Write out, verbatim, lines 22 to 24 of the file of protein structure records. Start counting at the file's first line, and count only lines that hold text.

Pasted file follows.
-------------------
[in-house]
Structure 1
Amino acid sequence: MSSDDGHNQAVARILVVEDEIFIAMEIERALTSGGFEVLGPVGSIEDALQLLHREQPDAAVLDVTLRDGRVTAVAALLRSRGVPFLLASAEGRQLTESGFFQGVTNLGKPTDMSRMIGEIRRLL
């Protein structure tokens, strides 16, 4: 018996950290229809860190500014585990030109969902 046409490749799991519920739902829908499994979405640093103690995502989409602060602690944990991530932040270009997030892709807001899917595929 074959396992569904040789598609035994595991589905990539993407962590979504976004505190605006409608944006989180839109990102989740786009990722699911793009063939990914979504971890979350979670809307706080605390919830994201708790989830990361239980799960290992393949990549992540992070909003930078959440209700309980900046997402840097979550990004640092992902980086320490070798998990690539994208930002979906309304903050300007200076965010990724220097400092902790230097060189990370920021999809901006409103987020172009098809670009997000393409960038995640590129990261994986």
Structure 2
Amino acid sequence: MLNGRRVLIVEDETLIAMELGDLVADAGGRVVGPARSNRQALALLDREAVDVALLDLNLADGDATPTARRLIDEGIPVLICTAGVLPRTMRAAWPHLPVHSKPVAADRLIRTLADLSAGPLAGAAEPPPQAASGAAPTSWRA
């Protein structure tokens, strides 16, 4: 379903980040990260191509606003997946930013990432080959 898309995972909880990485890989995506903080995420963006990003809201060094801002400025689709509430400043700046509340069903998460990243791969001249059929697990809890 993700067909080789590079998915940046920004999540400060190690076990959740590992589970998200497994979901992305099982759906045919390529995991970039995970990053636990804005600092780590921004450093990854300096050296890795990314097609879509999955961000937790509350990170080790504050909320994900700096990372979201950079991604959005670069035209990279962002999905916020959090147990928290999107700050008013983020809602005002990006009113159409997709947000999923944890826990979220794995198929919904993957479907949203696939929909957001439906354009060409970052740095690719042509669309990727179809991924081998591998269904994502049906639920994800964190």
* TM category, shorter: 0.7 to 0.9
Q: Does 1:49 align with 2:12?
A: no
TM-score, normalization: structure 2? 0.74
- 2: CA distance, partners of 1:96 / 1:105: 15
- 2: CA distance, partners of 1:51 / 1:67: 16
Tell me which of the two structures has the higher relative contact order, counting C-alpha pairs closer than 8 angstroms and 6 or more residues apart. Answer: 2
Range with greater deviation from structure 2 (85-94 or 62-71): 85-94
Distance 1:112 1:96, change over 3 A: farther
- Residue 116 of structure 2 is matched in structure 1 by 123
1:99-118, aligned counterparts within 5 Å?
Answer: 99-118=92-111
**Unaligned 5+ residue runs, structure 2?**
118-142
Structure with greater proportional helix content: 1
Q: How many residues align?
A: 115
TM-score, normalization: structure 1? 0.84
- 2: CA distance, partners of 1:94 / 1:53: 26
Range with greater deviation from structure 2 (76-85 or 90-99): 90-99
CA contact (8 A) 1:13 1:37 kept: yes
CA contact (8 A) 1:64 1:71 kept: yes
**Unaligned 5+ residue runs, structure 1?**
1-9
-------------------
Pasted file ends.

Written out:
Structure with greater proportional helix content: 1
Q: How many residues align?
A: 115